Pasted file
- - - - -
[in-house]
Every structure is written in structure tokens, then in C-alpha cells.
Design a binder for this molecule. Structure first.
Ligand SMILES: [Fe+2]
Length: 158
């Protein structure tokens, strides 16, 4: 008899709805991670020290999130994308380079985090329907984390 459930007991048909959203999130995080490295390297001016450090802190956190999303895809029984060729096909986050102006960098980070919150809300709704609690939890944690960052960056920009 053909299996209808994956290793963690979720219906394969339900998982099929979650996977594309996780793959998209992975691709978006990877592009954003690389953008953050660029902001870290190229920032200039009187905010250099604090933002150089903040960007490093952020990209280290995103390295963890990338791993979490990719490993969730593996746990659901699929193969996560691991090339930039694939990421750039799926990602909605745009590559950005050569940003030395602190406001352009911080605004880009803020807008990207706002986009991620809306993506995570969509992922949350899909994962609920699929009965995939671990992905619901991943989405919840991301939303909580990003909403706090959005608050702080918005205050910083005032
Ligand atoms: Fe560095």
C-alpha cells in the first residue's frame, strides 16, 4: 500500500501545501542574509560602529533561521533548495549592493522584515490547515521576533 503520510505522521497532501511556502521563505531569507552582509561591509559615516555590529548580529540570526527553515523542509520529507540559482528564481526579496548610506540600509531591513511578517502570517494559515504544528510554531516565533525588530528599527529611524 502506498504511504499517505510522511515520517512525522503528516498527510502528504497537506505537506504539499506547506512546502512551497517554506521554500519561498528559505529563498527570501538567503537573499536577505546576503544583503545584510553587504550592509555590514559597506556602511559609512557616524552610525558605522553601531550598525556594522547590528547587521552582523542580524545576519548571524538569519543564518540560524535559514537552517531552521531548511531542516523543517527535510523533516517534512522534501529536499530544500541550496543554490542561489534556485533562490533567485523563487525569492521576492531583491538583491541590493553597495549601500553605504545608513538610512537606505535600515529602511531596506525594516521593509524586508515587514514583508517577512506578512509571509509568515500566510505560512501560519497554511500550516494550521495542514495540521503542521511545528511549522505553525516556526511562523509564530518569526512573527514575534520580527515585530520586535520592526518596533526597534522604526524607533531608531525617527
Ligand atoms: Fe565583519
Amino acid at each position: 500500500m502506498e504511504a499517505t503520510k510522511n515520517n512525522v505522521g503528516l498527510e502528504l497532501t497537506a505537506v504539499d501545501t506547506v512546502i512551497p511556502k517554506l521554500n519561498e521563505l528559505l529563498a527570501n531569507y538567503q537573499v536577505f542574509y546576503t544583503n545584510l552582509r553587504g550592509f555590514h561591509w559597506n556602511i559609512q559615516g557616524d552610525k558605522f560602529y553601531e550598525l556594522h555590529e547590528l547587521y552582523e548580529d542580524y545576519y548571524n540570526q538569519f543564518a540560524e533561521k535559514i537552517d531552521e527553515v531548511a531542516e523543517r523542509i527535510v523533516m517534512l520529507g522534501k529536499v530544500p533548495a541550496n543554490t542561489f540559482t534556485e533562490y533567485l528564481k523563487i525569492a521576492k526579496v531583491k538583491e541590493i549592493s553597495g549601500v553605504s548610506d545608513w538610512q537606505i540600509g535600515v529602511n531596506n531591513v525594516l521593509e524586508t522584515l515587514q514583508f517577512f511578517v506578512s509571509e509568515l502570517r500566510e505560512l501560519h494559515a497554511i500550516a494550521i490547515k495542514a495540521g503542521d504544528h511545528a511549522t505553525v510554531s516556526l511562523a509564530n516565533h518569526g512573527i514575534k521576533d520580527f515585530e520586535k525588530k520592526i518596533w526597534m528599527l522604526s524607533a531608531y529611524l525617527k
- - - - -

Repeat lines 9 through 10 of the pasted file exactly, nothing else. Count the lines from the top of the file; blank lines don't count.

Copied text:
Ligand atoms: Fe565583519
Amino acid at each position: 500500500m502506498e504511504a499517505t503520510k510522511n515520517n512525522v505522521g503528516l498527510e502528504l497532501t497537506a505537506v504539499d501545501t506547506v512546502i512551497p511556502k517554506l521554500n519561498e521563505l528559505l529563498a527570501n531569507y538567503q537573499v536577505f542574509y546576503t544583503n545584510l552582509r553587504g550592509f555590514h561591509w559597506n556602511i559609512q559615516g557616524d552610525k558605522f560602529y553601531e550598525l556594522h555590529e547590528l547587521y552582523e548580529d542580524y545576519y548571524n540570526q538569519f543564518a540560524e533561521k535559514i537552517d531552521e527553515v531548511a531542516e523543517r523542509i527535510v523533516m517534512l520529507g522534501k529536499v530544500p533548495a541550496n543554490t542561489f540559482t534556485e533562490y533567485l528564481k523563487i525569492a521576492k526579496v531583491k538583491e541590493i549592493s553597495g549601500v553605504s548610506d545608513w538610512q537606505i540600509g535600515v529602511n531596506n531591513v525594516l521593509e524586508t522584515l515587514q514583508f517577512f511578517v506578512s509571509e509568515l502570517r500566510e505560512l501560519h494559515a497554511i500550516a494550521i490547515k495542514a495540521g503542521d504544528h511545528a511549522t505553525v510554531s516556526l511562523a509564530n516565533h518569526g512573527i514575534k521576533d520580527f515585530e520586535k525588530k520592526i518596533w526597534m528599527l522604526s524607533a531608531y529611524l525617527k